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Thermal or membrane processing for infant formula and its effects on pig growth performance and nutrient digestibility

Project summary

Infant milk formula (IMF) is consumed by the most sensitive of populations, infants and young children less than 36 months of age. ‘Breast is best’ when it comes to nutrition for infants, however, this is not always possible and as such, IMF is the next best alternative. At present, IMF undergoes rigid heat treatment during processing and this can have a deleterious effect on proteins and the oxidation of fatty acids, as well as causing the formation of undesirable Maillard reaction products. There is scope to improve the nutritional quality of IMF by reducing the thermal load, while at the same time ensuring microbiological safety and a long shelf life. The TOMI project will produce IMF with reduced levels of thermal treatment by using a novel processing technique known as cascade membrane filtration (CMF). Once produced, a number of in vivo animal feeding studies will be conducted to determine the effect of thermally processed IMF versus IMF processed by CMF on the growth and feed efficiently of newly weaned pigs. The digestibility of proteins and amino acids, together with plasma, urine and interstitial fluid samples will also be examined.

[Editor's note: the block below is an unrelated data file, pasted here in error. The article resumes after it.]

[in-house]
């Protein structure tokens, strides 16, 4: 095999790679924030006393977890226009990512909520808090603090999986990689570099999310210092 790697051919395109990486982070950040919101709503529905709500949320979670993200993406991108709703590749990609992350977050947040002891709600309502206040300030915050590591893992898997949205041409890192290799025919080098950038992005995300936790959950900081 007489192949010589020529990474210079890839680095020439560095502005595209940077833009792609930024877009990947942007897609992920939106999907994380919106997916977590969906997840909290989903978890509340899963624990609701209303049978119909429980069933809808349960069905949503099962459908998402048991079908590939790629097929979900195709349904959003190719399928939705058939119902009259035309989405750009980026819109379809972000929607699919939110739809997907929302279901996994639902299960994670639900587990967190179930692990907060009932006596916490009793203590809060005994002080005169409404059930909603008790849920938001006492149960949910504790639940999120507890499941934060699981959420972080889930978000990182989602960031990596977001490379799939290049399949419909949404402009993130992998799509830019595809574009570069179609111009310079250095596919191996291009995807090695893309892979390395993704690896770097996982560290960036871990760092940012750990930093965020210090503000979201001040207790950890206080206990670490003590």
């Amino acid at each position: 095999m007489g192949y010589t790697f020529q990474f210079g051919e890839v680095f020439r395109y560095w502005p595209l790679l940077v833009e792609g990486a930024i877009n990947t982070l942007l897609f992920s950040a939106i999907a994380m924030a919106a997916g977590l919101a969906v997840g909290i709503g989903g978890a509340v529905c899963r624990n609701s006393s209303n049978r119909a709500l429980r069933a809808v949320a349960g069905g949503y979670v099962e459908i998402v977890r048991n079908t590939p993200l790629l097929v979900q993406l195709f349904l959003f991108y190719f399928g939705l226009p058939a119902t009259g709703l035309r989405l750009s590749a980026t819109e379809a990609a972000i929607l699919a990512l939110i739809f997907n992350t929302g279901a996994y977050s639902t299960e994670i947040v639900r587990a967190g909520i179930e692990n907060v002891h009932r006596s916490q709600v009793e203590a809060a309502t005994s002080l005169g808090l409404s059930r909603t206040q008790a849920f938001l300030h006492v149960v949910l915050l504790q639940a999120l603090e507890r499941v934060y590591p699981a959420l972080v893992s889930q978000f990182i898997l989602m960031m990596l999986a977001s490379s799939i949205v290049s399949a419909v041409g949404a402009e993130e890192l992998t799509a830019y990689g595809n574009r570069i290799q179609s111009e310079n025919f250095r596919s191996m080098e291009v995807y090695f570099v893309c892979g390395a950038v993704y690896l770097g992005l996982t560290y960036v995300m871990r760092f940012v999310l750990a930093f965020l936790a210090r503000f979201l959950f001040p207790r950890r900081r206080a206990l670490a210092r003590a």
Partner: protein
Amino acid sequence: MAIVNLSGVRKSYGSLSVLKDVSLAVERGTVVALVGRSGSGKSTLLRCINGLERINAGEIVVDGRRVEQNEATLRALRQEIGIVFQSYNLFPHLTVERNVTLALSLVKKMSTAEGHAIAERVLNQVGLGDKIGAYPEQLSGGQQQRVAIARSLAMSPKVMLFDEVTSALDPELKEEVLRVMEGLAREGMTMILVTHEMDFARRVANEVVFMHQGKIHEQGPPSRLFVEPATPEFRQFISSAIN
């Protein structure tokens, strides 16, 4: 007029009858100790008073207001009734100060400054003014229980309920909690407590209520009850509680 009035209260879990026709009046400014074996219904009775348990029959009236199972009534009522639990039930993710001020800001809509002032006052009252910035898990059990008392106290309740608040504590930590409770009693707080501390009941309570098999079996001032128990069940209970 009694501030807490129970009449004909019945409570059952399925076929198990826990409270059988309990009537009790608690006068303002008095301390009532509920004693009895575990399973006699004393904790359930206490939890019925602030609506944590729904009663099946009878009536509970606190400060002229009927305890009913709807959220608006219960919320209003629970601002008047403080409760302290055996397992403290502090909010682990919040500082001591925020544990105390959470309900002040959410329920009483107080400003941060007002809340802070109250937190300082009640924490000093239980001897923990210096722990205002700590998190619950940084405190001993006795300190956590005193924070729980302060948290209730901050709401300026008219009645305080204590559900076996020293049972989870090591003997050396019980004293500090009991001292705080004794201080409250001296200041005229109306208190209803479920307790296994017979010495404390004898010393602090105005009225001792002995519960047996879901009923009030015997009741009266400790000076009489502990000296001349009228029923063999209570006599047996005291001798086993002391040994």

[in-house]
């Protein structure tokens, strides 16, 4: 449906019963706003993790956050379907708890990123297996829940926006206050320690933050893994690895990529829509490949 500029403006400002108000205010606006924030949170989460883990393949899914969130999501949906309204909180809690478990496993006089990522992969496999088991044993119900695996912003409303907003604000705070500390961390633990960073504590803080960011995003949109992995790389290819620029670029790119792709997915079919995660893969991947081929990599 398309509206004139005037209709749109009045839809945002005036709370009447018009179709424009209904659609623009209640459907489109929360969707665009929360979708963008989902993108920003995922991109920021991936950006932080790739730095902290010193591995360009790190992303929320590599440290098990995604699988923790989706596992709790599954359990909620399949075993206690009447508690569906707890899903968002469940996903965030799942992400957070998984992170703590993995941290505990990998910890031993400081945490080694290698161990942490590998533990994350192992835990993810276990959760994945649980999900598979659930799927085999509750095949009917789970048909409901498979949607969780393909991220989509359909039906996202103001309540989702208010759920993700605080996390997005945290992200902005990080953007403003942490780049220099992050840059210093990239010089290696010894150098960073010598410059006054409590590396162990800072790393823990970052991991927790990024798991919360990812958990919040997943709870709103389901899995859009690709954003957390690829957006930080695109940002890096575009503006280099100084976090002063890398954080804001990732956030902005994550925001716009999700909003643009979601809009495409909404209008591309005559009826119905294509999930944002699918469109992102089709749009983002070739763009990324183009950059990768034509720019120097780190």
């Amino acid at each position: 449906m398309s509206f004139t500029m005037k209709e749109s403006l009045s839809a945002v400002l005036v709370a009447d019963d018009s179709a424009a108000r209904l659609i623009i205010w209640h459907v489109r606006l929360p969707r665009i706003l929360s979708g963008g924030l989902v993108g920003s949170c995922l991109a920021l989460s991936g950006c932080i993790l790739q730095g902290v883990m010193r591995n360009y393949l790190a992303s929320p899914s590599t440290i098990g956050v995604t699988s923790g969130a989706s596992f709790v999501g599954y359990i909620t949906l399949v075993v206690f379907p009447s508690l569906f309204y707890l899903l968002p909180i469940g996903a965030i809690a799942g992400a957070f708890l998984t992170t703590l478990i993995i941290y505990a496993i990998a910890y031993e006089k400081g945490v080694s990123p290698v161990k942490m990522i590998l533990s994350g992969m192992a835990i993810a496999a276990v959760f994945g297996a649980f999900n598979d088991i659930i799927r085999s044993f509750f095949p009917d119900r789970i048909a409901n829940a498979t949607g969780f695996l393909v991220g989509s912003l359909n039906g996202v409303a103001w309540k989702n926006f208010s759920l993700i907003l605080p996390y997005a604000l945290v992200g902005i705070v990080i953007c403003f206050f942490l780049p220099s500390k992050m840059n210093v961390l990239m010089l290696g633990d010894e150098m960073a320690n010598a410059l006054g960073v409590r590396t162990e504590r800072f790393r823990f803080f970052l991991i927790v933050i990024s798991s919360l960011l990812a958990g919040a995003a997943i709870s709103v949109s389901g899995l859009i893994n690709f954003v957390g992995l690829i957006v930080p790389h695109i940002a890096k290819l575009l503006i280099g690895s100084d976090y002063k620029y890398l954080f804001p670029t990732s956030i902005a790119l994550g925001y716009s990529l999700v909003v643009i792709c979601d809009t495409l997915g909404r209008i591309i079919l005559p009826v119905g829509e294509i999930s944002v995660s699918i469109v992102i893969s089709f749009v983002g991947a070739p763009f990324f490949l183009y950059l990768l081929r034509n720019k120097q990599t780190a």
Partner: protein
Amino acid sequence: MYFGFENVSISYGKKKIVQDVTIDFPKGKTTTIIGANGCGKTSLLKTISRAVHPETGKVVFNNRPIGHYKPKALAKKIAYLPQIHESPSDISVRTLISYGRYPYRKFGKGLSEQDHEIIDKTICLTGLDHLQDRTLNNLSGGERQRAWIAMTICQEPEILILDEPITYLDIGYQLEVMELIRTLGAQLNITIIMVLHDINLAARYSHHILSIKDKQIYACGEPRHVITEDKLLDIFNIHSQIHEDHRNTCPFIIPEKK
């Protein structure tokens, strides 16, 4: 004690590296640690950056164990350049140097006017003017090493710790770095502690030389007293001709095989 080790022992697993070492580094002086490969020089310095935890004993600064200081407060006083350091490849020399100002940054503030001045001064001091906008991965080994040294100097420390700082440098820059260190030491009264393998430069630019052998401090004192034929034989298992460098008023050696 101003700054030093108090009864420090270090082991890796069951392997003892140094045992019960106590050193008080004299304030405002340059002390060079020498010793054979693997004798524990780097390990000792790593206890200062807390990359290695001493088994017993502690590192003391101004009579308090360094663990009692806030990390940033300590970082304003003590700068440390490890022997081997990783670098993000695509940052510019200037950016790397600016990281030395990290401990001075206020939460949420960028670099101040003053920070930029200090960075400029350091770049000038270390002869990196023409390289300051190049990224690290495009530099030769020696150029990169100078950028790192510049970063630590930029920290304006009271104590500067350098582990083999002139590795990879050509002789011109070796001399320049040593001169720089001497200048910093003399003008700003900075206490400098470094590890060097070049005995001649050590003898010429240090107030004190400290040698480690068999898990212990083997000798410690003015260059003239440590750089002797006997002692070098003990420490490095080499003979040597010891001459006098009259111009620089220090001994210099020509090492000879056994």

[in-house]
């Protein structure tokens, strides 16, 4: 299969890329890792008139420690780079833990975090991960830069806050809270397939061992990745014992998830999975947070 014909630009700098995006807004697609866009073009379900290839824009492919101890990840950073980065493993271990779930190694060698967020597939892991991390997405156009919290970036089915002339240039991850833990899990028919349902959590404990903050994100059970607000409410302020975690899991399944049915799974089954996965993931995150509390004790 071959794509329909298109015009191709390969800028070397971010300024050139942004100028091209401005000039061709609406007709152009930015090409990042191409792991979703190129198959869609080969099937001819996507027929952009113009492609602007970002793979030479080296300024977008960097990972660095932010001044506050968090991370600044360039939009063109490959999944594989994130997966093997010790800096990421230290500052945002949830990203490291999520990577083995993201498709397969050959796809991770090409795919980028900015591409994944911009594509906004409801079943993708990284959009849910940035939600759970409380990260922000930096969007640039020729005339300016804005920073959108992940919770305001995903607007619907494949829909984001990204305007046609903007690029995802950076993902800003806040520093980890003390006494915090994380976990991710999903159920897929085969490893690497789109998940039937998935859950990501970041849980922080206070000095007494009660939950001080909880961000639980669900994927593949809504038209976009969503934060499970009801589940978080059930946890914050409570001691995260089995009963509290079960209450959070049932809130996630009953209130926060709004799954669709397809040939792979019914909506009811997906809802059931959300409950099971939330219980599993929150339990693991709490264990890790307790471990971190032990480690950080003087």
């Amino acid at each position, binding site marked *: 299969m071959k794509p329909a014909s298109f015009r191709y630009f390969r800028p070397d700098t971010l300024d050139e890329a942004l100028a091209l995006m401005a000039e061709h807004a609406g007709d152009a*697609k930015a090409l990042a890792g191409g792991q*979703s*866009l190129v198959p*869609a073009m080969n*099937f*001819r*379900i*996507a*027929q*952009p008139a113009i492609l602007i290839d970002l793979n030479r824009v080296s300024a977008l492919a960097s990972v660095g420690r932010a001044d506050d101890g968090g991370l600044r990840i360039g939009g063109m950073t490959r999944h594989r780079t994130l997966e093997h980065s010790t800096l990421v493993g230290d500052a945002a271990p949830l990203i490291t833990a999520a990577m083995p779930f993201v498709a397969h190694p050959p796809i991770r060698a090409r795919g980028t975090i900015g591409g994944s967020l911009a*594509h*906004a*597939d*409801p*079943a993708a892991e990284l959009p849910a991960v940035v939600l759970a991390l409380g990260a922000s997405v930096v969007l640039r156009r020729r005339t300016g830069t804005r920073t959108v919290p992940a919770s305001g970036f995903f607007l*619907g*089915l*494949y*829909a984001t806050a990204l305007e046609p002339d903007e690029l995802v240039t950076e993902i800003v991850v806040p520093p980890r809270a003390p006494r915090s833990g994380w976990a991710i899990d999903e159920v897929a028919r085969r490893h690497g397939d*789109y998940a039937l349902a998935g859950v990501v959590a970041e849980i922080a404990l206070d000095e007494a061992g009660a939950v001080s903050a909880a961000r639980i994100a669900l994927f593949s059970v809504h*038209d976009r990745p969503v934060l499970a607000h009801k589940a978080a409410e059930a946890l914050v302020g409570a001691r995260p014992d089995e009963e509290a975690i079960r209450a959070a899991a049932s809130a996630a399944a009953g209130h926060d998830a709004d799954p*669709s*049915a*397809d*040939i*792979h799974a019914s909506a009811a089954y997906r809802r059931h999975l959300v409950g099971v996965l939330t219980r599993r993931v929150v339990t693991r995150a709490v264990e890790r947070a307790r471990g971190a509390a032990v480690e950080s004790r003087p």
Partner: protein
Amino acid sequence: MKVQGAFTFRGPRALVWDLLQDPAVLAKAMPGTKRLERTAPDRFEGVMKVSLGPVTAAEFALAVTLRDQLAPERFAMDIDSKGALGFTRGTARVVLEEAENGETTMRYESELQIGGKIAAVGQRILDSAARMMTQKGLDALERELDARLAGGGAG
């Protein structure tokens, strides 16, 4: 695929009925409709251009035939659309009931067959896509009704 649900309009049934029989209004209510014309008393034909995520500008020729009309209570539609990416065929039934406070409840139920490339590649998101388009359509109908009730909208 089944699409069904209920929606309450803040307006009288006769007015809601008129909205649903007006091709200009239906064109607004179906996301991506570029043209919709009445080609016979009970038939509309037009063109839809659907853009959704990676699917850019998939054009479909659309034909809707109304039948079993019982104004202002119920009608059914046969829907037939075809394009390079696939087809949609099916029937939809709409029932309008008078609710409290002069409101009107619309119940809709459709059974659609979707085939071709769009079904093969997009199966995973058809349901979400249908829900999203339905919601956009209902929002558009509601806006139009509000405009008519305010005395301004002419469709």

The main objectives of this project are to determine the effect of thermally processed IMF vs. IMF processed by CMF on:

  1. The growth and feed efficiency of newly weaned pigs
  2. Protein and amino acid digestibility
  3. The concentration of glucose in interstitial fluid of newly weaned pigs
  4. Intestinal permeability of newly weaned pigs